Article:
With this premise, one can now understand what happened in recent years. Due to progress, innovation and technology, the financial sector has become much more active and fast, with the development of new trading strategies such as High-Frequency Trading (HFT), the fastest way traders can execute orders. Through this, new assets have been developed, and new sales techniques experimented.
One example is securitisation: banks sold mortgage-backed securities (MBS) subscribed by their clients and divided into tranches (diversified by categories of risk) to other investors, to have an immediate cash flow and remove risk from their balance sheet.
Banks also bought a huge amount of derivative contracts called Credit Default Swap (CDS) that worked as insurance against the risk of other asset-backed securities subscribed from other banks. Of course, the same contracts were extremely leveraged. In this incredibly new, growing and extremely leveraged environment, where financial institutions always more and more linked with each another, it is easy to foresee how anything going wrong would make the system collapse, with a consequent domino effect.
This is exactly what happened in the subprime financial crisis. One of the most significant issues was the exponential leverage environment generated. This is due to the fact that all the institutions that were buying and selling assets to one another were leveraged, and their same derivatives contracts were leveraged while building up debt at an exponential pace.
What Is The End Point?
Right after the financial crisis, whose brutal effects are still struggling to fade, a whole pool of plans and techniques to upgrade regulation on the financial markets and make lending less riskier was set up. The final aim of all these strict bonds and regulations was to decrease relationships among financial institutions and so to reduce the stock of leverage that was accumulated during the crisis. Many prime ministers and financial ministers believed that the main direction of regulators was to make sure that a crisis like this could never again be triggered, and the reduction of debt was one of the first objectives to reach.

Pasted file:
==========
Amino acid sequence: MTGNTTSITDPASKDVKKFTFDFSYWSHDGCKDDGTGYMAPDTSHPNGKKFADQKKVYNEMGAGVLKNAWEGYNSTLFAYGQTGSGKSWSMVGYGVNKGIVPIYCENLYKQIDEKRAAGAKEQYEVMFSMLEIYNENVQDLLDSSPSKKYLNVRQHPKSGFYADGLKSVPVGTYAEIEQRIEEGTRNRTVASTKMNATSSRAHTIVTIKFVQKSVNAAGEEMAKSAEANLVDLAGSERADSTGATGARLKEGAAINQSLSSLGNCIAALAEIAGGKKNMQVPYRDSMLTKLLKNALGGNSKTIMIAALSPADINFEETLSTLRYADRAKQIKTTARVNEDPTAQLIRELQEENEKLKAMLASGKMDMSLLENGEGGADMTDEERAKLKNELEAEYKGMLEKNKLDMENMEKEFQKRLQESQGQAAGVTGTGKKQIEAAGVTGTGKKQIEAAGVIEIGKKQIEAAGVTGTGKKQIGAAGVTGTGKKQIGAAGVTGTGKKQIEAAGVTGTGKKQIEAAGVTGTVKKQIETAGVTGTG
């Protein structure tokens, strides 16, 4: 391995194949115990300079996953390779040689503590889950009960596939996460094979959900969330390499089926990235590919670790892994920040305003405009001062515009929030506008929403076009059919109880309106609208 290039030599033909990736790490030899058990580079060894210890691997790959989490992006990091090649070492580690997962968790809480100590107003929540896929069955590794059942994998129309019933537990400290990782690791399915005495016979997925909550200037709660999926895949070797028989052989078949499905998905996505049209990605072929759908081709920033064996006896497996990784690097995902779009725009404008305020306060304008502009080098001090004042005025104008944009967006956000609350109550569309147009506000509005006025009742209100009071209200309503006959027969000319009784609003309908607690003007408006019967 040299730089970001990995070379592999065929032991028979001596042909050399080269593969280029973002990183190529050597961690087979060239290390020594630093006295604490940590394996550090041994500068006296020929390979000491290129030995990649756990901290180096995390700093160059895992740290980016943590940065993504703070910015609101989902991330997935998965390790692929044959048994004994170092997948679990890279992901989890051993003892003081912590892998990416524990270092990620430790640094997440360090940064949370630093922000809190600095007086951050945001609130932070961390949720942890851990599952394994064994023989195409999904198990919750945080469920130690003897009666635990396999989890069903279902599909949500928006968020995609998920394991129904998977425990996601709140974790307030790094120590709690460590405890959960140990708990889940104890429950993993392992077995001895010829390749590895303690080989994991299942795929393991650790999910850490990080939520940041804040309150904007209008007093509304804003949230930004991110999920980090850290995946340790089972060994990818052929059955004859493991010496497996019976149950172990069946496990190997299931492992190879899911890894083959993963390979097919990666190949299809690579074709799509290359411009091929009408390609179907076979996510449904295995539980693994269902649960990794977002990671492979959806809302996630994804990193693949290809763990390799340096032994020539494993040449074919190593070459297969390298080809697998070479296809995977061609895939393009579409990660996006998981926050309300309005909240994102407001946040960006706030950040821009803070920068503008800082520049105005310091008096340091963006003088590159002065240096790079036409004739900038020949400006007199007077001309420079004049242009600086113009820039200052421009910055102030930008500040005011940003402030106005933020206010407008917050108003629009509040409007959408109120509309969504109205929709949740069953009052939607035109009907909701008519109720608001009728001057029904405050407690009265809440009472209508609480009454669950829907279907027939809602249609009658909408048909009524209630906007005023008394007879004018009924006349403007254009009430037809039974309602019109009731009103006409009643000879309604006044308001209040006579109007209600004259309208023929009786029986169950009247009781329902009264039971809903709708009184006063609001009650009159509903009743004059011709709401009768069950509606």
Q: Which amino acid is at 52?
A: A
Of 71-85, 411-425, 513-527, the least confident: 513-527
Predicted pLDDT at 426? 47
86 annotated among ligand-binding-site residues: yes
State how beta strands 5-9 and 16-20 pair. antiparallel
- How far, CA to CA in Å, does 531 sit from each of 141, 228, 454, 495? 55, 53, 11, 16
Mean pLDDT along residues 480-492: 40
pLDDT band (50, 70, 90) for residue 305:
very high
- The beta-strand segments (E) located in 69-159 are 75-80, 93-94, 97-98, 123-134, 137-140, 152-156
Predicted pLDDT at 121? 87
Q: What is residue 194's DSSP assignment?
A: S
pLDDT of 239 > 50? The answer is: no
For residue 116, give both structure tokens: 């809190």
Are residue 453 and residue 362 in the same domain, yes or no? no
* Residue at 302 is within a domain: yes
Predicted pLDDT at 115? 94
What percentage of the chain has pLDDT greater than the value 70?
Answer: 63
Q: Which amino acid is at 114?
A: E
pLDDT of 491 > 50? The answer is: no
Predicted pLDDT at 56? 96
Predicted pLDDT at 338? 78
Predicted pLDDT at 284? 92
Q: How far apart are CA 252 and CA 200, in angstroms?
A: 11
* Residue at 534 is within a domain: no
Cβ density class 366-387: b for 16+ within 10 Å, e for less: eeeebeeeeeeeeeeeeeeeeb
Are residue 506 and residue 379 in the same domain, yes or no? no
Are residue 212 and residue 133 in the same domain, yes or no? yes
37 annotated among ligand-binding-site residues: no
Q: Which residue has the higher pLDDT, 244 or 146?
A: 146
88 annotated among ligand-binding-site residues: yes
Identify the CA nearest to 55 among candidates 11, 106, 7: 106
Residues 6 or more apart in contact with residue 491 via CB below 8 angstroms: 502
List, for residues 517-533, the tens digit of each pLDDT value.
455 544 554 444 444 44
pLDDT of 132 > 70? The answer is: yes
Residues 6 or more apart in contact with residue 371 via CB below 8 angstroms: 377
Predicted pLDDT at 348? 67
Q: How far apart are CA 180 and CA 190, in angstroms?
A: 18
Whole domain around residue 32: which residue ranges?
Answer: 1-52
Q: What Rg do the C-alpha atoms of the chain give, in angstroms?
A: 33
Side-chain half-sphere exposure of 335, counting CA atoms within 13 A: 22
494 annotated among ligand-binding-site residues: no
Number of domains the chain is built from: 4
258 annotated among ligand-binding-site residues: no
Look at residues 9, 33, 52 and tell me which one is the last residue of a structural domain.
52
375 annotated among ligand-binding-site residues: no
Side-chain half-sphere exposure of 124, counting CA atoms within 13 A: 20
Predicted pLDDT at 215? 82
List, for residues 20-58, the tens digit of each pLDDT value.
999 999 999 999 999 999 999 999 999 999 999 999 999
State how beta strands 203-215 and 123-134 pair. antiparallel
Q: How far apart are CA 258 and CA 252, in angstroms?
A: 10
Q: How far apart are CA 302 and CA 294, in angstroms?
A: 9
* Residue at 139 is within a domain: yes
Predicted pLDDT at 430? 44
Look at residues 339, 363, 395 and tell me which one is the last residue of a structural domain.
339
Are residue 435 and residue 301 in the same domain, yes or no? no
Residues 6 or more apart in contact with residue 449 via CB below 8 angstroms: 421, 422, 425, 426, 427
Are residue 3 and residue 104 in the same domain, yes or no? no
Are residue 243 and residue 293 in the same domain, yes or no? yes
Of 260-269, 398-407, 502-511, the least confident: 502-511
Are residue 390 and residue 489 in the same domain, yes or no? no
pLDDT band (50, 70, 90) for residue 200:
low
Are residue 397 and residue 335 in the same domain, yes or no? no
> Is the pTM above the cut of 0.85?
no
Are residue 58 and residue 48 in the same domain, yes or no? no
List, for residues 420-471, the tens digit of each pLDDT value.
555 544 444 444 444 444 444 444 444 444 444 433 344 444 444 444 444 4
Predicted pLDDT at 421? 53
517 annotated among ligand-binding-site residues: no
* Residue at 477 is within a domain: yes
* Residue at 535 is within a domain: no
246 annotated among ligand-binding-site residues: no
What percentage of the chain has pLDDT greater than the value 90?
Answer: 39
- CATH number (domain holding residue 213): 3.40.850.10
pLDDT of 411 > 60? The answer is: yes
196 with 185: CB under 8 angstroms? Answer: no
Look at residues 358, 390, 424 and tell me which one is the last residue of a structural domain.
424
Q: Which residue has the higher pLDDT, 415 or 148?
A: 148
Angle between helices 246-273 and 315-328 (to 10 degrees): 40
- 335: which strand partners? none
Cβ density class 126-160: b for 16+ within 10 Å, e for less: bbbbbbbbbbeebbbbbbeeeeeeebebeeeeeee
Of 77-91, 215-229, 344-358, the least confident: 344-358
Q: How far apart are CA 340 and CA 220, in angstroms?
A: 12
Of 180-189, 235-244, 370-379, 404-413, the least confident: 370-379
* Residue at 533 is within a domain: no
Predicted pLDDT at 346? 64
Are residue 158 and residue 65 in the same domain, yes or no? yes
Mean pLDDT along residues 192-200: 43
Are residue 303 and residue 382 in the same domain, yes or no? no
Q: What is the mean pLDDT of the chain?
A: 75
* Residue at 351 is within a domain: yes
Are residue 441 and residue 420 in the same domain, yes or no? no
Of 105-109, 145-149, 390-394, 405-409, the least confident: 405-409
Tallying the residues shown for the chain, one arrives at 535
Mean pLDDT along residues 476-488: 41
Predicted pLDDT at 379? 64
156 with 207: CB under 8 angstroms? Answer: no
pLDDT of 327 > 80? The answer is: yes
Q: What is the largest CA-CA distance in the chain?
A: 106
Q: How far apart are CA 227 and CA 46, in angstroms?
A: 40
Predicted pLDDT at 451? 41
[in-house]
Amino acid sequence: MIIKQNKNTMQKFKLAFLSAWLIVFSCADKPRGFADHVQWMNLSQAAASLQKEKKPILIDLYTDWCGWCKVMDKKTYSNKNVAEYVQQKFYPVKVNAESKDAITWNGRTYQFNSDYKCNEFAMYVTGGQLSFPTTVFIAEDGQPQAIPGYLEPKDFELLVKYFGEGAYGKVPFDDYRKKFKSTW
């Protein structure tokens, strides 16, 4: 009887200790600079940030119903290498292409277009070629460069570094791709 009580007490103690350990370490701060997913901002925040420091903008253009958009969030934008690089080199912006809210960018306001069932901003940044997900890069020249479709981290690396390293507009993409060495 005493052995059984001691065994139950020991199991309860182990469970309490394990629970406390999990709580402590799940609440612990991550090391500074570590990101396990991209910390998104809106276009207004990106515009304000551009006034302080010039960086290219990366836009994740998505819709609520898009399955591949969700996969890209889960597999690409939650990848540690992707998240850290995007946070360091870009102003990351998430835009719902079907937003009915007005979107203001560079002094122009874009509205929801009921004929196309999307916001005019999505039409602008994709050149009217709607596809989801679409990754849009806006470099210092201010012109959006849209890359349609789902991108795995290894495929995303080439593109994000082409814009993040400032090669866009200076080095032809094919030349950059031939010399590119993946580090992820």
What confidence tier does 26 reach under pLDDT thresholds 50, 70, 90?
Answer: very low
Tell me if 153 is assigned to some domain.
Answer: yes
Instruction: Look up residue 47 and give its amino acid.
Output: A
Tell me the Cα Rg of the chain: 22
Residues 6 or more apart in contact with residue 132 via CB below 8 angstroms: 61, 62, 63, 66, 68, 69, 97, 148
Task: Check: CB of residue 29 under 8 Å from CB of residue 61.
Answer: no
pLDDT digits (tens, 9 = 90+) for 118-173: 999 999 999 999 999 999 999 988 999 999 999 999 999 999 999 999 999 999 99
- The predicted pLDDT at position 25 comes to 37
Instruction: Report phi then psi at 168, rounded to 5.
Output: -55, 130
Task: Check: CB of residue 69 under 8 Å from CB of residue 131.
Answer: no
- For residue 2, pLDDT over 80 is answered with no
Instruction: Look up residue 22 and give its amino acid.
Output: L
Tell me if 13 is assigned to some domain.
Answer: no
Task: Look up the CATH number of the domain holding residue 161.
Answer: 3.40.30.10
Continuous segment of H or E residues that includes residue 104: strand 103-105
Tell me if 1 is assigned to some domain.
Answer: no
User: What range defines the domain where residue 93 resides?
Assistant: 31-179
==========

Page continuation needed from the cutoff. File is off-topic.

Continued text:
The reality is that this is an extremely leveraged environment and with time, it can only be controlled and in no way can be stopped. One will have to adapt to a riskier kind of assets and a more and more geared economy. Preservation of capital should always be the primary objective of an investor since this is one of the few instruments that can be used against the risk of defaulting on leverage.
The Chinese Example
One of the most outstanding examples of how leverage has been managed after the crisis is China. The country had a superb 10% (on average) GDP growth ratio over the past 30 years, building important financial hubs like Hong Kong and a strong economy based on consumption. One of its biggest problems, though, is that all this growth has been possible only through a huge amount of debt that was stocked at the corporate and public levels.
After the crisis, China’s economy was meant to deleverage, with a lot of recapitalisation programs set up and strict regulations on lending. As soon as the situation got better, though, China forgot most of these bounds and continued increasing its leverage to grow and push back to a high level its GDP. Of course, growth is essential to decrease safely the stock of debt, but many economists criticise how this matter has been managed since the leverage ratio is still very big and has to be lowered to safer levels in order to dissipate the fear of collapse.